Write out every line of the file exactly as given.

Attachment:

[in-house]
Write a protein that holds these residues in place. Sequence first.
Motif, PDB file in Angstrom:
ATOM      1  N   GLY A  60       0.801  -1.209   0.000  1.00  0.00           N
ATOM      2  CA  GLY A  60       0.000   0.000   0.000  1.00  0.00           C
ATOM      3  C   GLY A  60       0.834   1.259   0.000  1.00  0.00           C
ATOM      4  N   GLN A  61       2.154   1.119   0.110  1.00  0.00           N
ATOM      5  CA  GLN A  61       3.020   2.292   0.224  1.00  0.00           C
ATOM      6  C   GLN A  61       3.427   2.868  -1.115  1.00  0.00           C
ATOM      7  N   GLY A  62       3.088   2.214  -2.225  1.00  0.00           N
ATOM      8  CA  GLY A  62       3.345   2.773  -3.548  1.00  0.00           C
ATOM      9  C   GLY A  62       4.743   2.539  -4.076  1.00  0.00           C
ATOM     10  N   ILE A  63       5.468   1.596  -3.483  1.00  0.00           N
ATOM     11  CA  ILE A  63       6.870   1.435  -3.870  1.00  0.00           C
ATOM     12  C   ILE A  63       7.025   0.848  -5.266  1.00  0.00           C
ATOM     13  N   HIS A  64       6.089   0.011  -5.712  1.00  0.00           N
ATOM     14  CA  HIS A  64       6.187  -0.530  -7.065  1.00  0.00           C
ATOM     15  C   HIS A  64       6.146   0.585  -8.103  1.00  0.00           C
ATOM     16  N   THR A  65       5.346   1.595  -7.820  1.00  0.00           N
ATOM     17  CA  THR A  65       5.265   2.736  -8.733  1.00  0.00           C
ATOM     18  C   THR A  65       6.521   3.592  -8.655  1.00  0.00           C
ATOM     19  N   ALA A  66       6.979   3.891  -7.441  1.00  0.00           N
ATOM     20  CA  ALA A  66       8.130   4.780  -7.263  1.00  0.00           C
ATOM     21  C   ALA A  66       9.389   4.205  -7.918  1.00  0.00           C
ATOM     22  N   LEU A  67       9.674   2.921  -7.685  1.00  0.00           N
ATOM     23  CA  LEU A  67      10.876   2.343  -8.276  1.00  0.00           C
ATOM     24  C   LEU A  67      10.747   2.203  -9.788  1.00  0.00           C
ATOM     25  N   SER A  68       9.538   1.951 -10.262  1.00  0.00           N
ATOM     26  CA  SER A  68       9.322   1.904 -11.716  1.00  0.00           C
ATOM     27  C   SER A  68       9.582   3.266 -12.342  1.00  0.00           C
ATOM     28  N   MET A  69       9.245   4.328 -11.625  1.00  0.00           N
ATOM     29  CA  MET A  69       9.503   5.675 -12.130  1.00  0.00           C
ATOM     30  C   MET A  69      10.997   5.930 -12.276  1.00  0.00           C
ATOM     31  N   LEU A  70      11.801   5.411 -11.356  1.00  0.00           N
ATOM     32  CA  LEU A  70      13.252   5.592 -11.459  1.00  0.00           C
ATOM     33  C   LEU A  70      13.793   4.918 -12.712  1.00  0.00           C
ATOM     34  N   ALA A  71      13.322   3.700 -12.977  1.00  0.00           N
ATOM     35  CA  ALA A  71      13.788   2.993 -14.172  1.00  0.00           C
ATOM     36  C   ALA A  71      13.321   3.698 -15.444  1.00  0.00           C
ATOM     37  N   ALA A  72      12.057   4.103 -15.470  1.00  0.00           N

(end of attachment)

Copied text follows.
[in-house]
Write a protein that holds these residues in place. Sequence first.
Motif, PDB file in Angstrom:
ATOM      1  N   GLY A  60       0.801  -1.209   0.000  1.00  0.00           N
ATOM      2  CA  GLY A  60       0.000   0.000   0.000  1.00  0.00           C
ATOM      3  C   GLY A  60       0.834   1.259   0.000  1.00  0.00           C
ATOM      4  N   GLN A  61       2.154   1.119   0.110  1.00  0.00           N
ATOM      5  CA  GLN A  61       3.020   2.292   0.224  1.00  0.00           C
ATOM      6  C   GLN A  61       3.427   2.868  -1.115  1.00  0.00           C
ATOM      7  N   GLY A  62       3.088   2.214  -2.225  1.00  0.00           N
ATOM      8  CA  GLY A  62       3.345   2.773  -3.548  1.00  0.00           C
ATOM      9  C   GLY A  62       4.743   2.539  -4.076  1.00  0.00           C
ATOM     10  N   ILE A  63       5.468   1.596  -3.483  1.00  0.00           N
ATOM     11  CA  ILE A  63       6.870   1.435  -3.870  1.00  0.00           C
ATOM     12  C   ILE A  63       7.025   0.848  -5.266  1.00  0.00           C
ATOM     13  N   HIS A  64       6.089   0.011  -5.712  1.00  0.00           N
ATOM     14  CA  HIS A  64       6.187  -0.530  -7.065  1.00  0.00           C
ATOM     15  C   HIS A  64       6.146   0.585  -8.103  1.00  0.00           C
ATOM     16  N   THR A  65       5.346   1.595  -7.820  1.00  0.00           N
ATOM     17  CA  THR A  65       5.265   2.736  -8.733  1.00  0.00           C
ATOM     18  C   THR A  65       6.521   3.592  -8.655  1.00  0.00           C
ATOM     19  N   ALA A  66       6.979   3.891  -7.441  1.00  0.00           N
ATOM     20  CA  ALA A  66       8.130   4.780  -7.263  1.00  0.00           C
ATOM     21  C   ALA A  66       9.389   4.205  -7.918  1.00  0.00           C
ATOM     22  N   LEU A  67       9.674   2.921  -7.685  1.00  0.00           N
ATOM     23  CA  LEU A  67      10.876   2.343  -8.276  1.00  0.00           C
ATOM     24  C   LEU A  67      10.747   2.203  -9.788  1.00  0.00           C
ATOM     25  N   SER A  68       9.538   1.951 -10.262  1.00  0.00           N
ATOM     26  CA  SER A  68       9.322   1.904 -11.716  1.00  0.00           C
ATOM     27  C   SER A  68       9.582   3.266 -12.342  1.00  0.00           C
ATOM     28  N   MET A  69       9.245   4.328 -11.625  1.00  0.00           N
ATOM     29  CA  MET A  69       9.503   5.675 -12.130  1.00  0.00           C
ATOM     30  C   MET A  69      10.997   5.930 -12.276  1.00  0.00           C
ATOM     31  N   LEU A  70      11.801   5.411 -11.356  1.00  0.00           N
ATOM     32  CA  LEU A  70      13.252   5.592 -11.459  1.00  0.00           C
ATOM     33  C   LEU A  70      13.793   4.918 -12.712  1.00  0.00           C
ATOM     34  N   ALA A  71      13.322   3.700 -12.977  1.00  0.00           N
ATOM     35  CA  ALA A  71      13.788   2.993 -14.172  1.00  0.00           C
ATOM     36  C   ALA A  71      13.321   3.698 -15.444  1.00  0.00           C
ATOM     37  N   ALA A  72      12.057   4.103 -15.470  1.00  0.00           N